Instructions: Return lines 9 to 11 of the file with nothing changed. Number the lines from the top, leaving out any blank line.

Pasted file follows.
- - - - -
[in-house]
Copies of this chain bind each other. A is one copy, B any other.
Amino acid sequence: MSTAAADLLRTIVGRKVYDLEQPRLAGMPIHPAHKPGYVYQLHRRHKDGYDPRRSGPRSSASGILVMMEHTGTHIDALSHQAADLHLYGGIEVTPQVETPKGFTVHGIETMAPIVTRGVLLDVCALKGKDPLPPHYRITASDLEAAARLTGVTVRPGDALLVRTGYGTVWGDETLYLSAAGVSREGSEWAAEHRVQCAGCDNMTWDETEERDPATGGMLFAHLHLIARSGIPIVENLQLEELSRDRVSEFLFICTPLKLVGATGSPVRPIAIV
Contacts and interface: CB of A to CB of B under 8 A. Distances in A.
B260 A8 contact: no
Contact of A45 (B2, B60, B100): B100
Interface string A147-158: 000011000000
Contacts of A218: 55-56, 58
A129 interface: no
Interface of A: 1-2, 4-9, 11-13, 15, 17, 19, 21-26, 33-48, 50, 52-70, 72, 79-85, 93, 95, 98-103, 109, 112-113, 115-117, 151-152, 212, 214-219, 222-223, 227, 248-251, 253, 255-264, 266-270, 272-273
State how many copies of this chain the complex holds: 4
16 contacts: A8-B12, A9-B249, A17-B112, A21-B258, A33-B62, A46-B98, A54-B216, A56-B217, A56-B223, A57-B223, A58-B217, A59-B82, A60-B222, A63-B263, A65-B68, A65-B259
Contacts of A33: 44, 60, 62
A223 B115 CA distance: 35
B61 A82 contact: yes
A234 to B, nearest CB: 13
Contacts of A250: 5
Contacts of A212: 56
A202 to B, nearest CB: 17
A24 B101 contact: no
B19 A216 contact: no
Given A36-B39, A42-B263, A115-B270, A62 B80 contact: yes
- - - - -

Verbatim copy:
A129 interface: no
Interface of A: 1-2, 4-9, 11-13, 15, 17, 19, 21-26, 33-48, 50, 52-70, 72, 79-85, 93, 95, 98-103, 109, 112-113, 115-117, 151-152, 212, 214-219, 222-223, 227, 248-251, 253, 255-264, 266-270, 272-273
State how many copies of this chain the complex holds: 4